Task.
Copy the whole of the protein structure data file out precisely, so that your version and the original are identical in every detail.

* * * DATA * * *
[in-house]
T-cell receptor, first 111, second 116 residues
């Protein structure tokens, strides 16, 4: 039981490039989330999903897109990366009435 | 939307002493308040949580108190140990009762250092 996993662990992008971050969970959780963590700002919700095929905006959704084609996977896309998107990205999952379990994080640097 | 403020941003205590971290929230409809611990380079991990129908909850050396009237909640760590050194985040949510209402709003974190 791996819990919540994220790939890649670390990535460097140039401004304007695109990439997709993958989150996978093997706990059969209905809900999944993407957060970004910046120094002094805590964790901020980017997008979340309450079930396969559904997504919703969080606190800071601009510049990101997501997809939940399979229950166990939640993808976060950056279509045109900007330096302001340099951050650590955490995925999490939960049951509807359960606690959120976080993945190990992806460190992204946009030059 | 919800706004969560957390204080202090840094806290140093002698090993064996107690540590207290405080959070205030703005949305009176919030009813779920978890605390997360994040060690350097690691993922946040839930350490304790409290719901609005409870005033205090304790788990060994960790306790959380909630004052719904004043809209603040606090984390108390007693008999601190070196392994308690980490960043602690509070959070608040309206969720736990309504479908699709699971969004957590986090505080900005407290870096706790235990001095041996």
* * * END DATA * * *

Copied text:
[in-house]
T-cell receptor, first 111, second 116 residues
């Protein structure tokens, strides 16, 4: 039981490039989330999903897109990366009435 | 939307002493308040949580108190140990009762250092 996993662990992008971050969970959780963590700002919700095929905006959704084609996977896309998107990205999952379990994080640097 | 403020941003205590971290929230409809611990380079991990129908909850050396009237909640760590050194985040949510209402709003974190 791996819990919540994220790939890649670390990535460097140039401004304007695109990439997709993958989150996978093997706990059969209905809900999944993407957060970004910046120094002094805590964790901020980017997008979340309450079930396969559904997504919703969080606190800071601009510049990101997501997809939940399979229950166990939640993808976060950056279509045109900007330096302001340099951050650590955490995925999490939960049951509807359960606690959120976080993945190990992806460190992204946009030059 | 919800706004969560957390204080202090840094806290140093002698090993064996107690540590207290405080959070205030703005949305009176919030009813779920978890605390997360994040060690350097690691993922946040839930350490304790409290719901609005409870005033205090304790788990060994960790306790959380909630004052719904004043809209603040606090984390108390007693008999601190070196392994308690980490960043602690509070959070608040309206969720736990309504479908699709699971969004957590986090505080900005407290870096706790235990001095041996």